What Counts As Dental Malpractice?

If you're worried that you might have to talk with a dental malpractice lawyer about something you've suffered through, you may also wonder whether your case represents an instance of malpractice. People can file claims and suits based on actions that amount to anything from dental negligence to outright malice. Let's look at 6 ways the conduct of a professional might constitute dental malpractice.

Failing to Meet a Standard of Care

For a dental negligence lawyer, the central feature of a claim usually involves what's known as the standard of care. This is the notion that whatever actions the dentist might have taken would not have led another dentist to stop the procedure had they been in the room at the moment. In other words, the dentist's decisions have to be broadly acceptable within their field of practice to fall within the standard of care.

Not Seeking Consent for a Procedure

Another issue a dental injury lawyer might be asked to think about is a lack of consent in a case. If a practitioner conducted a procedure without your consent, such as removing several teeth, that may be malpractice. A dental negligence attorney will review the treatment plans you signed off on to see what you consented to and how the dentist might have gone too far.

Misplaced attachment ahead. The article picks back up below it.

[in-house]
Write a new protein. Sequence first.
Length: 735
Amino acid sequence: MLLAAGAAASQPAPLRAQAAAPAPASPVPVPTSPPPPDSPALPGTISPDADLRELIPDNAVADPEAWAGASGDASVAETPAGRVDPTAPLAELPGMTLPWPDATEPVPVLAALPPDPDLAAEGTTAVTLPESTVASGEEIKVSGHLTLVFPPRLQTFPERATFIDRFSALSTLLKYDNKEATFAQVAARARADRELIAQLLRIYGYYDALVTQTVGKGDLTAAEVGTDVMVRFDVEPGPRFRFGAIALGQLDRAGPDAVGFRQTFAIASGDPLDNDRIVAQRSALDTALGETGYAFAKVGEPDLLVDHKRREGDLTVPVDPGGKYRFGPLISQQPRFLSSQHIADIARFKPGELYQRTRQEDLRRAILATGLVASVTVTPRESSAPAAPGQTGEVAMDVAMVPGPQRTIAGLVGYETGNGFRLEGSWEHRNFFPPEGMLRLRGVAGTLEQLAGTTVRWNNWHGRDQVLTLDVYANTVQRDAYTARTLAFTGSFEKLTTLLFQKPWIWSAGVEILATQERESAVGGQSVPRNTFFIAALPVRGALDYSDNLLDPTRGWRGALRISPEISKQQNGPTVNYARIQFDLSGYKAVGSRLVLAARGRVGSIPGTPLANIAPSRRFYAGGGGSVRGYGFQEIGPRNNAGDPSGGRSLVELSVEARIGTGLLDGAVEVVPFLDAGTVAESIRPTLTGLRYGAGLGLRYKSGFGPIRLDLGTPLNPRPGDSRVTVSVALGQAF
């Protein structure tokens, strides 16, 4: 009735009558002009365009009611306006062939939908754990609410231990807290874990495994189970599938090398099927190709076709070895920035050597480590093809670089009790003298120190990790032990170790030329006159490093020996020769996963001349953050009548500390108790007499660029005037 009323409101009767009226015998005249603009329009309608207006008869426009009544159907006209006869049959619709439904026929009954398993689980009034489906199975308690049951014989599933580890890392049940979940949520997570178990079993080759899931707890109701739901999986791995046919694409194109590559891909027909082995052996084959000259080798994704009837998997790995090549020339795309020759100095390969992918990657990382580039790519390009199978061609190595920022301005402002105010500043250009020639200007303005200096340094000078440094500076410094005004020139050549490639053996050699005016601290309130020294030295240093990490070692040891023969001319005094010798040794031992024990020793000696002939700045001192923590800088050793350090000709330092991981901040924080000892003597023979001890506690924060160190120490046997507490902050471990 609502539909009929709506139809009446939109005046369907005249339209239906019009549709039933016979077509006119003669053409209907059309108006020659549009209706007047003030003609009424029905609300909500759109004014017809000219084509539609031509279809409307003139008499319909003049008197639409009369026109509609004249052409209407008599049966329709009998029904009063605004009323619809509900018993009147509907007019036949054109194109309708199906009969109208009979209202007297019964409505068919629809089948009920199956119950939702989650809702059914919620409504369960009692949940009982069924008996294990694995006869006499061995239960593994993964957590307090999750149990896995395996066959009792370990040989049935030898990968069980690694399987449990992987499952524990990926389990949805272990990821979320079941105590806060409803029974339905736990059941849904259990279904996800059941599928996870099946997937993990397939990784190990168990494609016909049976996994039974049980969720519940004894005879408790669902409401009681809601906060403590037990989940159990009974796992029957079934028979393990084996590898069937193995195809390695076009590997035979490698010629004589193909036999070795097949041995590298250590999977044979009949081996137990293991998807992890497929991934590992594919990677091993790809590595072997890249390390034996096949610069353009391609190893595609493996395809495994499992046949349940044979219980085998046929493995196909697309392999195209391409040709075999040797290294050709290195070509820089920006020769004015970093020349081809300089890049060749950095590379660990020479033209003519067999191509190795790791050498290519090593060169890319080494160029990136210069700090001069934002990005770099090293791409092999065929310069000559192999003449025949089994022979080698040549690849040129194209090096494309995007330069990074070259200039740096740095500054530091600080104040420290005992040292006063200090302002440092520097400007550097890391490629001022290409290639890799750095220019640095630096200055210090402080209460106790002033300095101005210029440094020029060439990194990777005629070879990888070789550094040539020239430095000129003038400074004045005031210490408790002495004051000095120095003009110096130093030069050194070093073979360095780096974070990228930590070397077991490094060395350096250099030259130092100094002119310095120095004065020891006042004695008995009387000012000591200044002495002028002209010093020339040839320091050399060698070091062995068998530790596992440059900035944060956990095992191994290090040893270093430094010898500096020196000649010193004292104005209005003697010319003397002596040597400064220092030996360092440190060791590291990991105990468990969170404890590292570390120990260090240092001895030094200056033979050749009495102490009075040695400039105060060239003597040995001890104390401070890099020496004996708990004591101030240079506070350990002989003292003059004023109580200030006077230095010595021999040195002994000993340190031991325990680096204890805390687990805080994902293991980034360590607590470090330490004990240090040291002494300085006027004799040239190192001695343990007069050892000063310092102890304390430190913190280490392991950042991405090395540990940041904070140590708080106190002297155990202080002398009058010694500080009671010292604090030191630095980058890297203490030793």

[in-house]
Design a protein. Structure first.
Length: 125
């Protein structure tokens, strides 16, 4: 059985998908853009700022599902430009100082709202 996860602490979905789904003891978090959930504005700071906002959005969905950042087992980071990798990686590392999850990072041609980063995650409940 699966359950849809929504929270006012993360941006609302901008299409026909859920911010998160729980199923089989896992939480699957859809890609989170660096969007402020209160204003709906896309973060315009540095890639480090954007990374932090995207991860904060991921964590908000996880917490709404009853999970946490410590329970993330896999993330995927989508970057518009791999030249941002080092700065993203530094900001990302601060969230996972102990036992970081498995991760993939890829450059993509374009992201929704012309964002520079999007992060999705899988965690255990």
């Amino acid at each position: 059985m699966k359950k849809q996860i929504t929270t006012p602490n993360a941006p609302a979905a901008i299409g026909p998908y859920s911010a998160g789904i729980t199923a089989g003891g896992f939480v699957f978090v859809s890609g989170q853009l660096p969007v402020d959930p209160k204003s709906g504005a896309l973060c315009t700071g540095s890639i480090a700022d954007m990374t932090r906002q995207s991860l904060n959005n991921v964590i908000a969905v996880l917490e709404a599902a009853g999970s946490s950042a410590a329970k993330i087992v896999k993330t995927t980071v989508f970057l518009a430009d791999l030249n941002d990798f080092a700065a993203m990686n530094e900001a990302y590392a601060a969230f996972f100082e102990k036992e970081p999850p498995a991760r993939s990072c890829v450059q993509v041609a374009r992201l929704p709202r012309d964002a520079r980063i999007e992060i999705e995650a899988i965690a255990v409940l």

Overprescribing drugs is another form of dental negligence. A dental malpractice attorney may also look at cases where drugs were prescribed or administered to individuals without learning if they have substance use disorders.


While most of dental malpractice law focuses on negligence, malicious conduct also gives rise to claims. Doctors have committed assaults, usually of a sexual nature, against drugged patients. If you believe you were the victim of such behavior, you have the right to hire a dental injury attorney to pursue a claim.

Wrong Tooth

A dental practitioner needs to pay close attention to charts and X-rays so they don't accidentally work on the wrong tooth. This may include things like removing the wrong tooth or drilling into the wrong one. Procedures involving crowns, fillings, root canals, and veneers all fall in this category. From the loss of a tooth to increased pain, these problems are often compensable.

Incorrect Fitting

Bridges, partials, dentures, and implants exist to correct chewing and bite alignment issues. If a doctor doesn't properly fit them, though, they can damage surrounding teeth, cause wear in the jaw, and prevent your bite from aligning.  

To learn if you have a dental malpractice case, contact a lawyer.